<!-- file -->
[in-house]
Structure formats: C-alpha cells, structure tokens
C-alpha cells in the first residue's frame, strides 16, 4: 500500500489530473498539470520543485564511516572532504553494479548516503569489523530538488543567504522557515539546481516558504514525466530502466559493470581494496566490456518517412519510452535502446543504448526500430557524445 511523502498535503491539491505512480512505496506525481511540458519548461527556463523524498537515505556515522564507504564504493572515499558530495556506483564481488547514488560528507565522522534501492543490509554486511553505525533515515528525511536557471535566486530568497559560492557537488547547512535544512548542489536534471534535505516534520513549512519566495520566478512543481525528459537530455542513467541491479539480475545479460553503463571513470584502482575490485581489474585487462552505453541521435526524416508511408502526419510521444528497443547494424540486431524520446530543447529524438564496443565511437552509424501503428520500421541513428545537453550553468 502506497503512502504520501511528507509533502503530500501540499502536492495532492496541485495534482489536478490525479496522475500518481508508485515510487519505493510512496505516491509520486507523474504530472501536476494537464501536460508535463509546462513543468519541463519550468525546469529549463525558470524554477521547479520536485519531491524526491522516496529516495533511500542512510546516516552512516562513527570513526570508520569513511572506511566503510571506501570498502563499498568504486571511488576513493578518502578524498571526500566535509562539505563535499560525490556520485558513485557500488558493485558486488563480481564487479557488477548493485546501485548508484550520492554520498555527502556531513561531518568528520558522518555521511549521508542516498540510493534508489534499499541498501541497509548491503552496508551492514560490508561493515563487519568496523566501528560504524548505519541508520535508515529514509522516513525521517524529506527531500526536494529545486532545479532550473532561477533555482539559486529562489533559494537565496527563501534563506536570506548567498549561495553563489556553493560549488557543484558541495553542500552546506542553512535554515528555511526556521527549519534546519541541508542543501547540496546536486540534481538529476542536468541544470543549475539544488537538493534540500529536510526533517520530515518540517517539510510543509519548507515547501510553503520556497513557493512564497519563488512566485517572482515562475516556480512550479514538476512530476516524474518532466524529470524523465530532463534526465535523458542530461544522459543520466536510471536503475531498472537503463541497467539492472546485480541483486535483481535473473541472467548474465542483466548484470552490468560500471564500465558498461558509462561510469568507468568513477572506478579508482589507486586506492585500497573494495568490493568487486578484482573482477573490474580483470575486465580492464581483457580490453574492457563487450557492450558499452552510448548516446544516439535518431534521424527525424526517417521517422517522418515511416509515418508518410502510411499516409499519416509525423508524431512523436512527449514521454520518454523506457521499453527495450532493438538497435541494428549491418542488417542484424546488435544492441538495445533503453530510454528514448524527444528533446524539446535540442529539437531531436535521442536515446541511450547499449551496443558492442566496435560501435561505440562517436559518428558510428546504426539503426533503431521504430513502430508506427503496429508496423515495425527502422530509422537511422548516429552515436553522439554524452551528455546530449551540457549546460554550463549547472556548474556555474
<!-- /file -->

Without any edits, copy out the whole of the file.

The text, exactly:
[in-house]
Structure formats: C-alpha cells, structure tokens
C-alpha cells in the first residue's frame, strides 16, 4: 500500500489530473498539470520543485564511516572532504553494479548516503569489523530538488543567504522557515539546481516558504514525466530502466559493470581494496566490456518517412519510452535502446543504448526500430557524445 511523502498535503491539491505512480512505496506525481511540458519548461527556463523524498537515505556515522564507504564504493572515499558530495556506483564481488547514488560528507565522522534501492543490509554486511553505525533515515528525511536557471535566486530568497559560492557537488547547512535544512548542489536534471534535505516534520513549512519566495520566478512543481525528459537530455542513467541491479539480475545479460553503463571513470584502482575490485581489474585487462552505453541521435526524416508511408502526419510521444528497443547494424540486431524520446530543447529524438564496443565511437552509424501503428520500421541513428545537453550553468 502506497503512502504520501511528507509533502503530500501540499502536492495532492496541485495534482489536478490525479496522475500518481508508485515510487519505493510512496505516491509520486507523474504530472501536476494537464501536460508535463509546462513543468519541463519550468525546469529549463525558470524554477521547479520536485519531491524526491522516496529516495533511500542512510546516516552512516562513527570513526570508520569513511572506511566503510571506501570498502563499498568504486571511488576513493578518502578524498571526500566535509562539505563535499560525490556520485558513485557500488558493485558486488563480481564487479557488477548493485546501485548508484550520492554520498555527502556531513561531518568528520558522518555521511549521508542516498540510493534508489534499499541498501541497509548491503552496508551492514560490508561493515563487519568496523566501528560504524548505519541508520535508515529514509522516513525521517524529506527531500526536494529545486532545479532550473532561477533555482539559486529562489533559494537565496527563501534563506536570506548567498549561495553563489556553493560549488557543484558541495553542500552546506542553512535554515528555511526556521527549519534546519541541508542543501547540496546536486540534481538529476542536468541544470543549475539544488537538493534540500529536510526533517520530515518540517517539510510543509519548507515547501510553503520556497513557493512564497519563488512566485517572482515562475516556480512550479514538476512530476516524474518532466524529470524523465530532463534526465535523458542530461544522459543520466536510471536503475531498472537503463541497467539492472546485480541483486535483481535473473541472467548474465542483466548484470552490468560500471564500465558498461558509462561510469568507468568513477572506478579508482589507486586506492585500497573494495568490493568487486578484482573482477573490474580483470575486465580492464581483457580490453574492457563487450557492450558499452552510448548516446544516439535518431534521424527525424526517417521517422517522418515511416509515418508518410502510411499516409499519416509525423508524431512523436512527449514521454520518454523506457521499453527495450532493438538497435541494428549491418542488417542484424546488435544492441538495445533503453530510454528514448524527444528533446524539446535540442529539437531531436535521442536515446541511450547499449551496443558492442566496435560501435561505440562517436559518428558510428546504426539503426533503431521504430513502430508506427503496429508496423515495425527502422530509422537511422548516429552515436553522439554524452551528455546530449551540457549546460554550463549547472556548474556555474